The Aesthetics and Ethics of Refraction: Narrative Structure, Imagery, and Temporality in W.G. Sebald's Austerlitz

Date

2014-08-05

Authors

Michaud, Jason

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Abstract

The purpose of this thesis is to examine the aesthetic structure and components of W.G. Sebald’s novel Austerlitz and to show their reciprocal relationship to ethical forms of remembrance for the present and the future. The goal of this project is to explain how fiction may be utilized as a means of meaningful engagement with points of traumatic memory for the purpose of maintaining viable connections to the past across time. The first chapter deals explicitly with the novel’s overall structure and its relation to philosophical forms of thought that facilitate a practical connection to the past through fiction. The next chapter examines the use of refracted or indirect narration as an aesthetic component of this process. The final chapter constitutes an investigation of photography as a structure in this aesthetic that lends itself to the overall obliqueness I see as necessary to the ethics of representation embodied in Austerlitz.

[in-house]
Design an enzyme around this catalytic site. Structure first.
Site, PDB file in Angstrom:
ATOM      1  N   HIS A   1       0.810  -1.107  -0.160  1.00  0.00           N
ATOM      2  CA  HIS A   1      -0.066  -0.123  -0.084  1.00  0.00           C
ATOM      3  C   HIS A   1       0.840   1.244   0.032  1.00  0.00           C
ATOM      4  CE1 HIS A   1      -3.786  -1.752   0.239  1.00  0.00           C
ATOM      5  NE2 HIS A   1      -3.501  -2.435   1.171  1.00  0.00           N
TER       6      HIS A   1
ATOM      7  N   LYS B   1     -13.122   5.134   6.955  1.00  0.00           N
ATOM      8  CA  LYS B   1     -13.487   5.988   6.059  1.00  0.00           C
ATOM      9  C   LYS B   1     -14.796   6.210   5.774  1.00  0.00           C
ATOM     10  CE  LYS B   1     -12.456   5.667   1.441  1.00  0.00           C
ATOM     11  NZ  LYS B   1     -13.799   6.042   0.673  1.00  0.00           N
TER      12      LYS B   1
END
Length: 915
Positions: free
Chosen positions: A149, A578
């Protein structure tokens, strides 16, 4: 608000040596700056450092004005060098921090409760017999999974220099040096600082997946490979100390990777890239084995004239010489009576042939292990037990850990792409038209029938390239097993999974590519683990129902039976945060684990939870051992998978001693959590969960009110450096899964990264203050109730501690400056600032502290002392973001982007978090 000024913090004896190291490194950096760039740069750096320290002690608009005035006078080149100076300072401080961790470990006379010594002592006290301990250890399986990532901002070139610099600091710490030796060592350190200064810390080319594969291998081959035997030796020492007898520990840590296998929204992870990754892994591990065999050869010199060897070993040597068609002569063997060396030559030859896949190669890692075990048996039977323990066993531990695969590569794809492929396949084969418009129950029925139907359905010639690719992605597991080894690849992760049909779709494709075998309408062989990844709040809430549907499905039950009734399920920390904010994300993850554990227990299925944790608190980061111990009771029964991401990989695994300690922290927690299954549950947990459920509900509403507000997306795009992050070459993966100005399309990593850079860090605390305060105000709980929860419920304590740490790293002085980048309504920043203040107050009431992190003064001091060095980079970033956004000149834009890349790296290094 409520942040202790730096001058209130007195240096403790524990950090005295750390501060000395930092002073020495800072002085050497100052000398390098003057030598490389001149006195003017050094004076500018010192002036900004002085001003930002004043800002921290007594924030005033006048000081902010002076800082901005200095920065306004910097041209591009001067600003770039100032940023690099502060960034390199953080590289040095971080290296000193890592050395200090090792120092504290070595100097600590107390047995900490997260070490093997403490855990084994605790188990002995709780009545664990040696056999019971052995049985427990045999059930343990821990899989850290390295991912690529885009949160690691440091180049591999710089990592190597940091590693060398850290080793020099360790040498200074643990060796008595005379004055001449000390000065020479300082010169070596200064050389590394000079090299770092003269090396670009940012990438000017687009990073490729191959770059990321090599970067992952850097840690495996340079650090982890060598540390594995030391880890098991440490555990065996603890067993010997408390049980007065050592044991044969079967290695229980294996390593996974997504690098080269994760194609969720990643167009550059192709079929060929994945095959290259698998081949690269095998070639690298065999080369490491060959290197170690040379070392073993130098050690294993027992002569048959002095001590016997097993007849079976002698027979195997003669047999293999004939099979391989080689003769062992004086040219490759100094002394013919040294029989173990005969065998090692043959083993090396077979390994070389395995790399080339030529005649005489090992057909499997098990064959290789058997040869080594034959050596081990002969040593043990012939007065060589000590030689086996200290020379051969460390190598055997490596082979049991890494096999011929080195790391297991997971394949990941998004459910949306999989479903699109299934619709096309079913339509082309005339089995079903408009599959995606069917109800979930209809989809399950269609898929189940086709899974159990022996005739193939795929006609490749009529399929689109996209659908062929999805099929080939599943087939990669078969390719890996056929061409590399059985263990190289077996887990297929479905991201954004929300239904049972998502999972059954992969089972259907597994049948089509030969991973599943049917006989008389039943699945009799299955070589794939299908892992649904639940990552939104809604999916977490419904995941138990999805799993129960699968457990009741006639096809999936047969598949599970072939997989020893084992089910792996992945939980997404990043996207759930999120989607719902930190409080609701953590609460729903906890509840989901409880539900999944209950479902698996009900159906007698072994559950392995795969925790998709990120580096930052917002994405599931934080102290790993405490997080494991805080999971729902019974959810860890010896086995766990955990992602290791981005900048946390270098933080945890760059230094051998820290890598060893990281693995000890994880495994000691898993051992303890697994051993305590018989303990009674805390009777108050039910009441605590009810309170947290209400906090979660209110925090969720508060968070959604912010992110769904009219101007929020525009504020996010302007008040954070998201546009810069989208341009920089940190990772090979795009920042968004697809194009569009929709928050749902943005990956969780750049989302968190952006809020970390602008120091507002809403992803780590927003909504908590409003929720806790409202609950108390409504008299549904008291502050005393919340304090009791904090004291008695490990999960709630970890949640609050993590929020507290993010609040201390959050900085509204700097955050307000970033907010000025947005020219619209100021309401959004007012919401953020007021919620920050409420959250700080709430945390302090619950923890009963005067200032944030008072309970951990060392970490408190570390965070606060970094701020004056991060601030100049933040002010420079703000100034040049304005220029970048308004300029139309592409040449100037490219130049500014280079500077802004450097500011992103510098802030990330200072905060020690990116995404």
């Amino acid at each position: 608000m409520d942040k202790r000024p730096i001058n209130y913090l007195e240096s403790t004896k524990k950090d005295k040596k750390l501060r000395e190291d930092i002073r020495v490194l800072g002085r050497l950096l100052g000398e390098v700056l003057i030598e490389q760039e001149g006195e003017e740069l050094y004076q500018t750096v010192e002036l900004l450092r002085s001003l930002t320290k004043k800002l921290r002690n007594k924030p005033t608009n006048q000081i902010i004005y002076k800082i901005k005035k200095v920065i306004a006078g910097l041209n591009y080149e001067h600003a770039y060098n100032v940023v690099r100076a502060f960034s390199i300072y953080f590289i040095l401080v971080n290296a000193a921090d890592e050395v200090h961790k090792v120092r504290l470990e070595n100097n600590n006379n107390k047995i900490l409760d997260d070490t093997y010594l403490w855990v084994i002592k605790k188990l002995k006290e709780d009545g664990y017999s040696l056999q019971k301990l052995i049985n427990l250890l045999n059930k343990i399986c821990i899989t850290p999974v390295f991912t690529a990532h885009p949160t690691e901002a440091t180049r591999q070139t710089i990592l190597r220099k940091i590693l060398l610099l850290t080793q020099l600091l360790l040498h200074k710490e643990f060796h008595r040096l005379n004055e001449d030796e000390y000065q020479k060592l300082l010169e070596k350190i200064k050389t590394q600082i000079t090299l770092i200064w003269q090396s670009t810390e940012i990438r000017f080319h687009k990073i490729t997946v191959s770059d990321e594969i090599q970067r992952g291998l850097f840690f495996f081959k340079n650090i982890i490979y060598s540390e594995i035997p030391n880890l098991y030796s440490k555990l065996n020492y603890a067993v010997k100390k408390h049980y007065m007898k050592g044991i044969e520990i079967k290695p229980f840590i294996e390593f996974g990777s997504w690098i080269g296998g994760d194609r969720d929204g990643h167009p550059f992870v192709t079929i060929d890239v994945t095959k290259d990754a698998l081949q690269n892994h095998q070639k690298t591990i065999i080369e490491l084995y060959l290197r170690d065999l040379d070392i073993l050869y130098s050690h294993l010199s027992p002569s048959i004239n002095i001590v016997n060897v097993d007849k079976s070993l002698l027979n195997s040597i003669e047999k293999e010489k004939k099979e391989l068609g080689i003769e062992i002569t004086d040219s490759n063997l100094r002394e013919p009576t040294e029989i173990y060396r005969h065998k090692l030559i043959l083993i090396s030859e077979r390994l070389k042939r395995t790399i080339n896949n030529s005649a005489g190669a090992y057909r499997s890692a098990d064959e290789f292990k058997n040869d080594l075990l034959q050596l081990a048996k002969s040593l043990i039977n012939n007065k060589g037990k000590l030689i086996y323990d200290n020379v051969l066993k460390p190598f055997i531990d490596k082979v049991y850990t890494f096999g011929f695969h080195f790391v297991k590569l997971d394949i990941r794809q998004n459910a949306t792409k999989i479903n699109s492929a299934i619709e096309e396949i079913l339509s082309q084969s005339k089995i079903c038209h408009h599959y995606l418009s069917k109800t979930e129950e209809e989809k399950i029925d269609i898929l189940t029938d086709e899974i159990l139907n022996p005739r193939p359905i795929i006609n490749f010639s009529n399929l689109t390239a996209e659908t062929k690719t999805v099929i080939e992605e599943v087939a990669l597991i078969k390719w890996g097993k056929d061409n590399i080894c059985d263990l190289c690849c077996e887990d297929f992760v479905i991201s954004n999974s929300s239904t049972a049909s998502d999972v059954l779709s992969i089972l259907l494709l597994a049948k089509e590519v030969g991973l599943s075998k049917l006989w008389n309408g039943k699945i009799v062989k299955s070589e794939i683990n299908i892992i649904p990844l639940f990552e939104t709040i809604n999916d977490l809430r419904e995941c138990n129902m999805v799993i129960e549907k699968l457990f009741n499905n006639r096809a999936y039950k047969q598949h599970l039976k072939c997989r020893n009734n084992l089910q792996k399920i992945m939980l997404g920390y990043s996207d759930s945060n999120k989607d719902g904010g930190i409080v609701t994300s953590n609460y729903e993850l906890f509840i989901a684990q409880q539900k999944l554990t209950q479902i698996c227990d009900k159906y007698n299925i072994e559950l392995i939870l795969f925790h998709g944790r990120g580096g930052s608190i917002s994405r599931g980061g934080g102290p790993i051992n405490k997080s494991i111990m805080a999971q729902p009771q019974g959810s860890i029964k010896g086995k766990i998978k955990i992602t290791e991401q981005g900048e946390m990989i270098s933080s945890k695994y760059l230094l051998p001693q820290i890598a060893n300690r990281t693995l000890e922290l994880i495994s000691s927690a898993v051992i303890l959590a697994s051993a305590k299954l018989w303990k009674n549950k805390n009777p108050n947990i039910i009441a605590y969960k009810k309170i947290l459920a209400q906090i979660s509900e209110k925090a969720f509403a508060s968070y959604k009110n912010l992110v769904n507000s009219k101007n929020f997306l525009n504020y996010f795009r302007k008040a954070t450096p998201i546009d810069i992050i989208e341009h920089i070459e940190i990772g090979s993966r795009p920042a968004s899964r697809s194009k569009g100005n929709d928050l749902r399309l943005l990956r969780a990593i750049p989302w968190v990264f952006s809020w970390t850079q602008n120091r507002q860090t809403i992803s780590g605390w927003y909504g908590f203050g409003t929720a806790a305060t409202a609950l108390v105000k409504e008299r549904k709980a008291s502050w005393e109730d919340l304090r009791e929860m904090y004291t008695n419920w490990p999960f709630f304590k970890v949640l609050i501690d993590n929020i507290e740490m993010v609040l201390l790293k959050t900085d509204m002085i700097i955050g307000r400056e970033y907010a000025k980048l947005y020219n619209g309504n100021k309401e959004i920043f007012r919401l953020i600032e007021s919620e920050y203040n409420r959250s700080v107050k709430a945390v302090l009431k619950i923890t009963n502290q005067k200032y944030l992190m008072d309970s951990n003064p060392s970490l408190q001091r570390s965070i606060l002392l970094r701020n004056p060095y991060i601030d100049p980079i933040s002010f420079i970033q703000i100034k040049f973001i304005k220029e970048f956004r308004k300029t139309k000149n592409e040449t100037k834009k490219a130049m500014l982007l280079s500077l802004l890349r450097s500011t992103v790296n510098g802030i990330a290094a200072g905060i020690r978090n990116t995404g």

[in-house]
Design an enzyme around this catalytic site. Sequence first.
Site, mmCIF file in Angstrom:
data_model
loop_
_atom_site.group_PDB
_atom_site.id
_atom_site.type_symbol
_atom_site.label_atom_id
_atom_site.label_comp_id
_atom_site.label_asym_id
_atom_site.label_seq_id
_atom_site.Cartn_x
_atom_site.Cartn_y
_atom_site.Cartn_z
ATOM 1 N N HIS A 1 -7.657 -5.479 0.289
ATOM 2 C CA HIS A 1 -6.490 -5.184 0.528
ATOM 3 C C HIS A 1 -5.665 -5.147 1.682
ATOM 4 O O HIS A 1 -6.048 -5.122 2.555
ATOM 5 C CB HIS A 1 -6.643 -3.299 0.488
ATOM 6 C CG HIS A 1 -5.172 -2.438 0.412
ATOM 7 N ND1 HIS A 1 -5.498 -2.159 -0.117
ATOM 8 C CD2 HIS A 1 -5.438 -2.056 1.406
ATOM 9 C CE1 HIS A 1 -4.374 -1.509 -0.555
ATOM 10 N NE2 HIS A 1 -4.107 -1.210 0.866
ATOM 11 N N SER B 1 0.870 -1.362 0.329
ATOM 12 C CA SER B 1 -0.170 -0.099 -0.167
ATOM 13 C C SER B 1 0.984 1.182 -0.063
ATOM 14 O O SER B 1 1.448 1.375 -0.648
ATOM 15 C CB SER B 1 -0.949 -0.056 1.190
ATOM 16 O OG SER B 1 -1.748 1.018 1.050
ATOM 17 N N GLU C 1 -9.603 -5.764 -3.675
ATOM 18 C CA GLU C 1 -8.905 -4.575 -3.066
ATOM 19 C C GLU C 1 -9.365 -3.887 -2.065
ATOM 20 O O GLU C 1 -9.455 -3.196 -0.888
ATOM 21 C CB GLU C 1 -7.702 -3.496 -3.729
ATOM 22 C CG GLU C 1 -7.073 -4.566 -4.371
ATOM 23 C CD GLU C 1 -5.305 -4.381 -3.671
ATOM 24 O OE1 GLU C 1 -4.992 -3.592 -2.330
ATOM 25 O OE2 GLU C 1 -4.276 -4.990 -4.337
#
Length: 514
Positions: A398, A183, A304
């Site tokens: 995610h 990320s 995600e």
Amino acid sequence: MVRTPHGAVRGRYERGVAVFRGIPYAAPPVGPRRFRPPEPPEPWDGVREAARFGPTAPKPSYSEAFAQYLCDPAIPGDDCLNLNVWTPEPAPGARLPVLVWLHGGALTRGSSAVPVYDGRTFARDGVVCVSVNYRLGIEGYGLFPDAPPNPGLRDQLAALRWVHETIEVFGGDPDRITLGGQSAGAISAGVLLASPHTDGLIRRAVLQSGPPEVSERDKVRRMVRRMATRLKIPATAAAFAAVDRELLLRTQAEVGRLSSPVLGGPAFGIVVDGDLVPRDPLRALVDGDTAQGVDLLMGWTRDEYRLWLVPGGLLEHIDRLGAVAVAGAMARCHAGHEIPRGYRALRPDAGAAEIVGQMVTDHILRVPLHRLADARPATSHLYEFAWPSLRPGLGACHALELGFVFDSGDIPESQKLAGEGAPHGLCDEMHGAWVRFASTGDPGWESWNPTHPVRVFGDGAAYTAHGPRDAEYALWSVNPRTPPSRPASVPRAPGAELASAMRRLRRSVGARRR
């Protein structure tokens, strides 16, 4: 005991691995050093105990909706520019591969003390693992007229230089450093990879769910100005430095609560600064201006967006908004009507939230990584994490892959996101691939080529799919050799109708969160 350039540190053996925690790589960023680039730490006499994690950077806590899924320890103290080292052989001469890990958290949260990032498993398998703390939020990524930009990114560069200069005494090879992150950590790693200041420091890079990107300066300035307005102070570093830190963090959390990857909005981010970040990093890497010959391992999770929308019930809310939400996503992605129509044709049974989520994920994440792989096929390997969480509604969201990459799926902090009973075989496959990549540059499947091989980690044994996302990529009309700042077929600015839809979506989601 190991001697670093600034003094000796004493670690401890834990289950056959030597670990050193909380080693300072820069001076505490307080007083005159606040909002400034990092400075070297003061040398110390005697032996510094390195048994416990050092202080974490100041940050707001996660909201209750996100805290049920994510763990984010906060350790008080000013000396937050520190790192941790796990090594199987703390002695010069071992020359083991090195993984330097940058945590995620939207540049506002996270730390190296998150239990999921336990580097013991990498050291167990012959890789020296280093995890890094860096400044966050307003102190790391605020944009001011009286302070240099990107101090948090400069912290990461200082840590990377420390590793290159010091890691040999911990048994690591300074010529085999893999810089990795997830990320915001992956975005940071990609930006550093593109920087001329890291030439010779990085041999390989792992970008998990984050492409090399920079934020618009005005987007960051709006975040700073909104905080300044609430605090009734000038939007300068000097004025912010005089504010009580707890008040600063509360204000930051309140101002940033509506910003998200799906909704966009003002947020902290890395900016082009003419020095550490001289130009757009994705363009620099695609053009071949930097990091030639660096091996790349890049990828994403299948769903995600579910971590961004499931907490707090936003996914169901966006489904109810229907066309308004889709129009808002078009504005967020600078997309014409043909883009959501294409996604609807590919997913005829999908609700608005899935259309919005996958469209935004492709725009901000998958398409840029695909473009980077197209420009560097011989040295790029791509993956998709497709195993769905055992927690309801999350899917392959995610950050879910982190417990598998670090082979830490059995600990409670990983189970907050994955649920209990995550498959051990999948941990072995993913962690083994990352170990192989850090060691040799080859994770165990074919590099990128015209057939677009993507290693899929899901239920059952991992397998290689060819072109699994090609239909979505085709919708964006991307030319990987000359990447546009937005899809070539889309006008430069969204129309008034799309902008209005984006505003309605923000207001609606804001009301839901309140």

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Keywords

W.G. Sebald, Austerlitz, Ethics of representation

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